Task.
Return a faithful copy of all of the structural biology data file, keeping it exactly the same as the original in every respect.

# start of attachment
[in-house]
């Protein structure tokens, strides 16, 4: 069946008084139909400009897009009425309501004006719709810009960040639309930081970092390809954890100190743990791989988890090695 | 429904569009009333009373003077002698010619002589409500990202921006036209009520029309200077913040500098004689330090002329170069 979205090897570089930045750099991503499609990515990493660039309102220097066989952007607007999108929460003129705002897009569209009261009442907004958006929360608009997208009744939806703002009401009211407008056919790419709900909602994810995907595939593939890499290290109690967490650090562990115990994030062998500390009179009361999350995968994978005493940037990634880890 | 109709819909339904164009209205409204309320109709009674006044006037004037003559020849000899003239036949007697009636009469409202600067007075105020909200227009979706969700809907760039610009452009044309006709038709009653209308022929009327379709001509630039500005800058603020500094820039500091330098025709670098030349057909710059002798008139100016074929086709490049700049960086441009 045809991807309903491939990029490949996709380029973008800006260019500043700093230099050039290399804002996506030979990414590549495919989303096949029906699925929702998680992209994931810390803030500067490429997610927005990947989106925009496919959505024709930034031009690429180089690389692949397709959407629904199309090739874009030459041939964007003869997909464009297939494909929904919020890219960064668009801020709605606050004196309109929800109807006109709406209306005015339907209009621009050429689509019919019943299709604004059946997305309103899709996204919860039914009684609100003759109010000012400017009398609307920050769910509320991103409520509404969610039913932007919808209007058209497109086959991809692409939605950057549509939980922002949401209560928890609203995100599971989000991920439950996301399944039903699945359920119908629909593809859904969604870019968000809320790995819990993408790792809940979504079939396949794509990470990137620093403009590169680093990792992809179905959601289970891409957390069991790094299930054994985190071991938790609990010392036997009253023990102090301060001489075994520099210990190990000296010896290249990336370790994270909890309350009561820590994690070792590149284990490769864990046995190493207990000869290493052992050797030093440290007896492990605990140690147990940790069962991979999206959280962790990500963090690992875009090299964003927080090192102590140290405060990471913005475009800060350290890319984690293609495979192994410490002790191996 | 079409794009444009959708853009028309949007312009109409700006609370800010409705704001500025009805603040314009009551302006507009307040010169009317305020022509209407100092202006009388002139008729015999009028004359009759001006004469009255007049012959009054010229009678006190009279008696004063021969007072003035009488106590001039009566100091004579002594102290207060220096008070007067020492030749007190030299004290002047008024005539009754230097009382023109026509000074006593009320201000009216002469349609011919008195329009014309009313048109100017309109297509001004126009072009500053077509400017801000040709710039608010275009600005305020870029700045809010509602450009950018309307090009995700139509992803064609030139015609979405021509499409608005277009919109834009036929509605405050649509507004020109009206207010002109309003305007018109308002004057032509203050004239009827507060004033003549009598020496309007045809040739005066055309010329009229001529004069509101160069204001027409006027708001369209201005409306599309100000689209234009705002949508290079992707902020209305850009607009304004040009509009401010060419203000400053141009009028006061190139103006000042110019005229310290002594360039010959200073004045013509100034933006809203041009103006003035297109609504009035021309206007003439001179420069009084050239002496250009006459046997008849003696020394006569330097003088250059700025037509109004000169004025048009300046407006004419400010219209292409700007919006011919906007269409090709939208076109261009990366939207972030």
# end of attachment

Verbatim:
[in-house]
């Protein structure tokens, strides 16, 4: 069946008084139909400009897009009425309501004006719709810009960040639309930081970092390809954890100190743990791989988890090695 | 429904569009009333009373003077002698010619002589409500990202921006036209009520029309200077913040500098004689330090002329170069 979205090897570089930045750099991503499609990515990493660039309102220097066989952007607007999108929460003129705002897009569209009261009442907004958006929360608009997208009744939806703002009401009211407008056919790419709900909602994810995907595939593939890499290290109690967490650090562990115990994030062998500390009179009361999350995968994978005493940037990634880890 | 109709819909339904164009209205409204309320109709009674006044006037004037003559020849000899003239036949007697009636009469409202600067007075105020909200227009979706969700809907760039610009452009044309006709038709009653209308022929009327379709001509630039500005800058603020500094820039500091330098025709670098030349057909710059002798008139100016074929086709490049700049960086441009 045809991807309903491939990029490949996709380029973008800006260019500043700093230099050039290399804002996506030979990414590549495919989303096949029906699925929702998680992209994931810390803030500067490429997610927005990947989106925009496919959505024709930034031009690429180089690389692949397709959407629904199309090739874009030459041939964007003869997909464009297939494909929904919020890219960064668009801020709605606050004196309109929800109807006109709406209306005015339907209009621009050429689509019919019943299709604004059946997305309103899709996204919860039914009684609100003759109010000012400017009398609307920050769910509320991103409520509404969610039913932007919808209007058209497109086959991809692409939605950057549509939980922002949401209560928890609203995100599971989000991920439950996301399944039903699945359920119908629909593809859904969604870019968000809320790995819990993408790792809940979504079939396949794509990470990137620093403009590169680093990792992809179905959601289970891409957390069991790094299930054994985190071991938790609990010392036997009253023990102090301060001489075994520099210990190990000296010896290249990336370790994270909890309350009561820590994690070792590149284990490769864990046995190493207990000869290493052992050797030093440290007896492990605990140690147990940790069962991979999206959280962790990500963090690992875009090299964003927080090192102590140290405060990471913005475009800060350290890319984690293609495979192994410490002790191996 | 079409794009444009959708853009028309949007312009109409700006609370800010409705704001500025009805603040314009009551302006507009307040010169009317305020022509209407100092202006009388002139008729015999009028004359009759001006004469009255007049012959009054010229009678006190009279008696004063021969007072003035009488106590001039009566100091004579002594102290207060220096008070007067020492030749007190030299004290002047008024005539009754230097009382023109026509000074006593009320201000009216002469349609011919008195329009014309009313048109100017309109297509001004126009072009500053077509400017801000040709710039608010275009600005305020870029700045809010509602450009950018309307090009995700139509992803064609030139015609979405021509499409608005277009919109834009036929509605405050649509507004020109009206207010002109309003305007018109308002004057032509203050004239009827507060004033003549009598020496309007045809040739005066055309010329009229001529004069509101160069204001027409006027708001369209201005409306599309100000689209234009705002949508290079992707902020209305850009607009304004040009509009401010060419203000400053141009009028006061190139103006000042110019005229310290002594360039010959200073004045013509100034933006809203041009103006003035297109609504009035021309206007003439001179420069009084050239002496250009006459046997008849003696020394006569330097003088250059700025037509109004000169004025048009300046407006004419400010219209292409700007919006011919906007269409090709939208076109261009990366939207972030």